The Board of Education is likely to find itself in the budgetary crosshairs as city leaders try to cope with a revenue squeeze that threatens to shove property taxes higher.
“The Board of Education is really driving the whole city of Bristol’s budget,” said Comptroller Glenn Klocko.
The problem is that school officials have limited options to cope with the soaring tab for city taxpayers.
The state is eyeing a $5 million cut in its basic educational grant to the city – and some smaller cuts, too – while the expense of operating schools at the same level as this year would add another $5 million to the tab.
Superintendent Philip Streifer said he’s trying to convince lawmakers to waive some mandates that add to cost, including several days of continuing education for teachers.
Every day the schools are open costs $300,000 so trimming even a handful would make a big difference, officials said.
Streifer has already put a freeze on hiring and spending in a bid to keep this year’s $100 million education budget from breaking the bank.
“They’re really trying to help us,” Finance Chairman Rich Miecznikowski said.
But unless the schools can trim costs, many of which are mandates, or the state coughs up more cash, property taxes could rise as much as 2.5 mills next year, Klocko said. That’s about a 10 percent property tax hike.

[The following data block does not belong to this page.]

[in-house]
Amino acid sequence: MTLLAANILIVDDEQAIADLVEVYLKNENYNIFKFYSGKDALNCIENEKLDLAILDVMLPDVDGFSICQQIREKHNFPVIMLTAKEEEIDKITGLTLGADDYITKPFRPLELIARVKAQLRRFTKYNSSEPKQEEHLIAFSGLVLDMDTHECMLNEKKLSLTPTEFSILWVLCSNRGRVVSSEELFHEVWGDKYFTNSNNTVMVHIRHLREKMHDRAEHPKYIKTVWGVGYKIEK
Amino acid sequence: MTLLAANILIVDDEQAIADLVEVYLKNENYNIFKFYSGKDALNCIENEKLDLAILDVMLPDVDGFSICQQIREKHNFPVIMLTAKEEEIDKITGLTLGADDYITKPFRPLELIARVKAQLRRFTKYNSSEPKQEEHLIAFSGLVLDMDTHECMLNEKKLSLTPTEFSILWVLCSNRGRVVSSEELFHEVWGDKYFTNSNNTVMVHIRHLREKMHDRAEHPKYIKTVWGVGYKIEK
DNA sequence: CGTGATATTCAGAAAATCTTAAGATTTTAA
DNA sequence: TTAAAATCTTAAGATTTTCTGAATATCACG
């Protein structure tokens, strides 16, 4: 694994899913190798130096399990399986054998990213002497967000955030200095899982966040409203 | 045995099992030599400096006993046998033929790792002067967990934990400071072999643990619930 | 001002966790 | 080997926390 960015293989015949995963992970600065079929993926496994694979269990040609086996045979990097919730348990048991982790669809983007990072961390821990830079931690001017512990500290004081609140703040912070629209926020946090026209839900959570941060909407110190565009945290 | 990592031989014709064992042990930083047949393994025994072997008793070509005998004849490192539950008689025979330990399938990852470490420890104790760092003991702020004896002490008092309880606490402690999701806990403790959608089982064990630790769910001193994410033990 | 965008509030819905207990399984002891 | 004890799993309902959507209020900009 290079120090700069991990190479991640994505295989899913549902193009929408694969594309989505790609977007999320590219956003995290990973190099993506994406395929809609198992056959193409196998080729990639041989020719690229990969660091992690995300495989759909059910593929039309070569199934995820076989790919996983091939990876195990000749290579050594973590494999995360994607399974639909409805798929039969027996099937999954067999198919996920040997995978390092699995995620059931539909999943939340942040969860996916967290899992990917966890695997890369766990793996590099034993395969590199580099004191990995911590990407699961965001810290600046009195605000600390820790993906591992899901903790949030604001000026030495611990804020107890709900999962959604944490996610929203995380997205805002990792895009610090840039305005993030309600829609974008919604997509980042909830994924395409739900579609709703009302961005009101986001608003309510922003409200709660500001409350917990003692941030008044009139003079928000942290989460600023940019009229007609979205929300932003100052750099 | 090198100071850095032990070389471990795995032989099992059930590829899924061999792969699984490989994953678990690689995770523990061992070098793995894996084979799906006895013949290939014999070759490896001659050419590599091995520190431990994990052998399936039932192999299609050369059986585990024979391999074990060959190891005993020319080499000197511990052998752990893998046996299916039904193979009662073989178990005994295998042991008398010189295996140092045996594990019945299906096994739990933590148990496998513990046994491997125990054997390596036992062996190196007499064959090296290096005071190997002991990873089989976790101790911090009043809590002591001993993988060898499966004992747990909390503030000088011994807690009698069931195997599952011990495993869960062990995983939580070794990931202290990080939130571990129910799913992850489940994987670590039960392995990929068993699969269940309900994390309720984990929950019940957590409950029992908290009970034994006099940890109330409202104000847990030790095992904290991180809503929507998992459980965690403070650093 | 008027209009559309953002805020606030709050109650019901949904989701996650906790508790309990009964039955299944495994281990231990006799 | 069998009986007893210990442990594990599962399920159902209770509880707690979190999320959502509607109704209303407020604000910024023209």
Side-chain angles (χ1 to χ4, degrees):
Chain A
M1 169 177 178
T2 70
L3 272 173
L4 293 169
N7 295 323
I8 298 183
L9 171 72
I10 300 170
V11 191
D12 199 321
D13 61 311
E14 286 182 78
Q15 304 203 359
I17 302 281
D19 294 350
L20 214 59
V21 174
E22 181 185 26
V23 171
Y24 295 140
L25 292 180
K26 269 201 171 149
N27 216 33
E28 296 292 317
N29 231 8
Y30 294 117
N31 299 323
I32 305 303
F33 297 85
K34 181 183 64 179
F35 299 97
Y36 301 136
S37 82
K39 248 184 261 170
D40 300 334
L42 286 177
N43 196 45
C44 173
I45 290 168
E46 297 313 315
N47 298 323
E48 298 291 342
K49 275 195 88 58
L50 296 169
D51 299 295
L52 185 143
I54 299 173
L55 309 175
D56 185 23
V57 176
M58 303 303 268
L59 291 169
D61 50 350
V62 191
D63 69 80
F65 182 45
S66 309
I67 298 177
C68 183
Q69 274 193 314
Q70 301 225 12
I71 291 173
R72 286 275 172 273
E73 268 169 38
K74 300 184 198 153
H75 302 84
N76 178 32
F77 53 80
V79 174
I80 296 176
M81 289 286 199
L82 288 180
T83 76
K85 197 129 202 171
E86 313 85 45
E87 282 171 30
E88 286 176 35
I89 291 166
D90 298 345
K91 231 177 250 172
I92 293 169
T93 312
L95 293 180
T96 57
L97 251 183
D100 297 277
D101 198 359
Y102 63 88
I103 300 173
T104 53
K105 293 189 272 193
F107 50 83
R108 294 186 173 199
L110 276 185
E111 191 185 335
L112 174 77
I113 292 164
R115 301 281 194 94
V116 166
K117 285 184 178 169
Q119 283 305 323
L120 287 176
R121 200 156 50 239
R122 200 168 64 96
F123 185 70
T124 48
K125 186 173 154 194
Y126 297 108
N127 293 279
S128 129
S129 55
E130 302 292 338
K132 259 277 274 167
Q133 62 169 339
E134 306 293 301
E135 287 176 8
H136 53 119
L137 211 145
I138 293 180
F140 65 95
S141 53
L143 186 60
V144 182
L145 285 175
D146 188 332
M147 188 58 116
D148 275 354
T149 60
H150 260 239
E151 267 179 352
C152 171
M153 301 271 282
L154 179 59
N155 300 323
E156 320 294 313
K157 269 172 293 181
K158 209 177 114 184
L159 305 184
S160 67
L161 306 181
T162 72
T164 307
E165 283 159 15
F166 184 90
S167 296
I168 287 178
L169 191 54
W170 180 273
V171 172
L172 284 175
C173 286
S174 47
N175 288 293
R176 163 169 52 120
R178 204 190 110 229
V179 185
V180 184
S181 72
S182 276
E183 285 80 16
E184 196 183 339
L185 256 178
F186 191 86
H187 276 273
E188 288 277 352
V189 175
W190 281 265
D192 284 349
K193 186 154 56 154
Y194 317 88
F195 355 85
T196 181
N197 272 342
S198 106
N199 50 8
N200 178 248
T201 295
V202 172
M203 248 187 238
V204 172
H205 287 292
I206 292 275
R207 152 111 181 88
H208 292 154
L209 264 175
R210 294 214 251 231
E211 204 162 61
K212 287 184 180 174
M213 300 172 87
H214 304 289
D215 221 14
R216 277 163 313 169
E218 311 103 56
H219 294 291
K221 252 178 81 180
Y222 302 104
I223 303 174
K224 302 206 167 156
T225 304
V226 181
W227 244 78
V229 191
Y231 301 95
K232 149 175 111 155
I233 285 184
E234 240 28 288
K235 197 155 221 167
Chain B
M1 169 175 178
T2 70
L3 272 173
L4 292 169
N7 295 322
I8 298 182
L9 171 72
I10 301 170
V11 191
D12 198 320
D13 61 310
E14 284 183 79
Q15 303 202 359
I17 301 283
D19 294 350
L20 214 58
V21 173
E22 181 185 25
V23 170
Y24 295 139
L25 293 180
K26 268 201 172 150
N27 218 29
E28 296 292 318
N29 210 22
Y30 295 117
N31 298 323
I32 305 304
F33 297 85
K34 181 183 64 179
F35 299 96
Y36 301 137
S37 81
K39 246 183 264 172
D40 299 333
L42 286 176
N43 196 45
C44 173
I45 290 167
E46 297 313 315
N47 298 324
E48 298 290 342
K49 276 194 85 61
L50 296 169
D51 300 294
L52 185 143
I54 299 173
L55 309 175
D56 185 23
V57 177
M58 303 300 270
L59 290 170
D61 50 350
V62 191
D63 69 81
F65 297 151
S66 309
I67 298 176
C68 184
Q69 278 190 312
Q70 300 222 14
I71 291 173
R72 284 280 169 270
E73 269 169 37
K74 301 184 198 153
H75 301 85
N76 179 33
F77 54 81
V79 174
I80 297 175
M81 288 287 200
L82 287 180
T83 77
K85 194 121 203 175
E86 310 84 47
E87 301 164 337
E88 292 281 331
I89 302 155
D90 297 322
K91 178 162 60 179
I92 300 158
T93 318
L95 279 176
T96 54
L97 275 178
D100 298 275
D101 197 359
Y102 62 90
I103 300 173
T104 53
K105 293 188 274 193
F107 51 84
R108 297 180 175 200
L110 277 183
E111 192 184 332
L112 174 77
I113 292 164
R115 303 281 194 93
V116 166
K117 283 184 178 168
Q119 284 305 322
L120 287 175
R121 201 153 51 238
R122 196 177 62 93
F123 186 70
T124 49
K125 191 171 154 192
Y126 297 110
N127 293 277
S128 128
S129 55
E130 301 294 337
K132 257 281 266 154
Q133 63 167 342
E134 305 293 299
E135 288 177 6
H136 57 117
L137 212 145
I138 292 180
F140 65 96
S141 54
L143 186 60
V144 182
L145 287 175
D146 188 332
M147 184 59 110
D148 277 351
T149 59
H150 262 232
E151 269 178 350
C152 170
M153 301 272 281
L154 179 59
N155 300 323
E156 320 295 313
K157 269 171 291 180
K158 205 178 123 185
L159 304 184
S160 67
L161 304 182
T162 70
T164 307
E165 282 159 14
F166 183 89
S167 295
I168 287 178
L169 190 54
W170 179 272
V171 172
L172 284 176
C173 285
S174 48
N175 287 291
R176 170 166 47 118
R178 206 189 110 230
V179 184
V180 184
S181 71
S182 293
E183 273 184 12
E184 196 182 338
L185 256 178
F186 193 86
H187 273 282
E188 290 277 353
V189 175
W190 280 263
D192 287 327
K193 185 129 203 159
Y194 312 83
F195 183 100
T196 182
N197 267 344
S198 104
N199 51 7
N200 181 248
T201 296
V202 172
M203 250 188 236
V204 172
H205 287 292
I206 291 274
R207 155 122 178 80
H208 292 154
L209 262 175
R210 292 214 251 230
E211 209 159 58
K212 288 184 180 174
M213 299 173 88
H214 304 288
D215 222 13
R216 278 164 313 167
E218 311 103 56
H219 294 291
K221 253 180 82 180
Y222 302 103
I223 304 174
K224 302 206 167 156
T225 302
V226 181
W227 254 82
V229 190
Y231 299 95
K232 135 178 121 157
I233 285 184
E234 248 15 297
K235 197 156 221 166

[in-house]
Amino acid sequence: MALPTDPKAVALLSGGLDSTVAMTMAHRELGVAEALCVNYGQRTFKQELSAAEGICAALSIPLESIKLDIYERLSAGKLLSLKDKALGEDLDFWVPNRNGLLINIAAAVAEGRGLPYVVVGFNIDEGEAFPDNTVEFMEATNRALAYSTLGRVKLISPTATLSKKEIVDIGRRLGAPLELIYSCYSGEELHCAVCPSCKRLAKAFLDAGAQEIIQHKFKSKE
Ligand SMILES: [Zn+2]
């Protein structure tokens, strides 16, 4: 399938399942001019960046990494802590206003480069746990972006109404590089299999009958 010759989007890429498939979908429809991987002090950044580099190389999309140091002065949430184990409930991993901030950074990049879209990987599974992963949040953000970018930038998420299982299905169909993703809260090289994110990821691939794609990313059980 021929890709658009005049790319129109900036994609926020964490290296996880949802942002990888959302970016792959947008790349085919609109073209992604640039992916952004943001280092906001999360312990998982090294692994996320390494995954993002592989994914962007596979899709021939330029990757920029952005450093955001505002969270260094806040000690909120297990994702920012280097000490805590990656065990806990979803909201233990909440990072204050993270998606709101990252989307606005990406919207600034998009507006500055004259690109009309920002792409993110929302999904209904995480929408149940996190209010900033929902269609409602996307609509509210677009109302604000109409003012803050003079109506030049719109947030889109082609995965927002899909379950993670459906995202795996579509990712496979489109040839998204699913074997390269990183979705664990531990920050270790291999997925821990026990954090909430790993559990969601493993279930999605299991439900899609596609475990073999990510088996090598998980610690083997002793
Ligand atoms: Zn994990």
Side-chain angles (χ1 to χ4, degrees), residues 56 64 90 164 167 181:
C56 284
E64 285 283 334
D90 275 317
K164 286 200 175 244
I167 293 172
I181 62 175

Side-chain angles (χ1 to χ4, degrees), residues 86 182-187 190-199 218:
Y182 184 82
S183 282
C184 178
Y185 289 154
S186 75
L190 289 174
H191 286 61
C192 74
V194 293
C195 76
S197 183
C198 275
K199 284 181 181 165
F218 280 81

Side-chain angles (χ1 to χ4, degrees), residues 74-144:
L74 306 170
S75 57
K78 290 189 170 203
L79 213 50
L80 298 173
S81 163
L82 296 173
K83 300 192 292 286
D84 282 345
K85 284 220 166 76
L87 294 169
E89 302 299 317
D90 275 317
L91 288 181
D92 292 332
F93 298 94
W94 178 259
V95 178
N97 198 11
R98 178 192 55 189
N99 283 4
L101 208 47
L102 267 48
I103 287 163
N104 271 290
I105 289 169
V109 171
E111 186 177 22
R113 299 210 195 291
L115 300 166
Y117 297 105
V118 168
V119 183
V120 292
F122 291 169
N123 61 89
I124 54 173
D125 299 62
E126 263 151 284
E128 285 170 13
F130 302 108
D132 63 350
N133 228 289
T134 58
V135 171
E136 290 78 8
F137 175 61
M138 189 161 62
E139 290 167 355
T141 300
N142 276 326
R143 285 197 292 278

Mayor Art Ward said that he’s angling to keep the city’s spending in the next budget year low enough to freeze property taxes – if the schools can do the same.
“The focus, unfortunately for them, is all on education,” Klocko said.
Miecznikowski said the finance panel’s biggest concern is the school budget.
“We can hold down the city side,” the veteran leader of the Board of Finance said. His panel shapes the budget, which is ultimately approved in May at a joint session of finance commissioners and city councilors.
Miecznikowki said that the school aid cuts on the table in Hartford represent “a big nut” to crack.
With a 2.5-mill tax hike built in if education needs don’t change, “we’re going to have to do something,” Miecznikowski said.
He said that if the state suspended 10 days of school costs through a furlough, it would save the city $3 million.
Miecznikowski said with so many people losing their jobs and struggling to cope with recessionary ills, city officials have no choice but to try to clamp down on spending.
“How can you go up in taxes?” he asked.
The current city budget plan calls for shelling out $172 million, with education receiving the majority of the cash.
Copyright 2008. All rights reserved.
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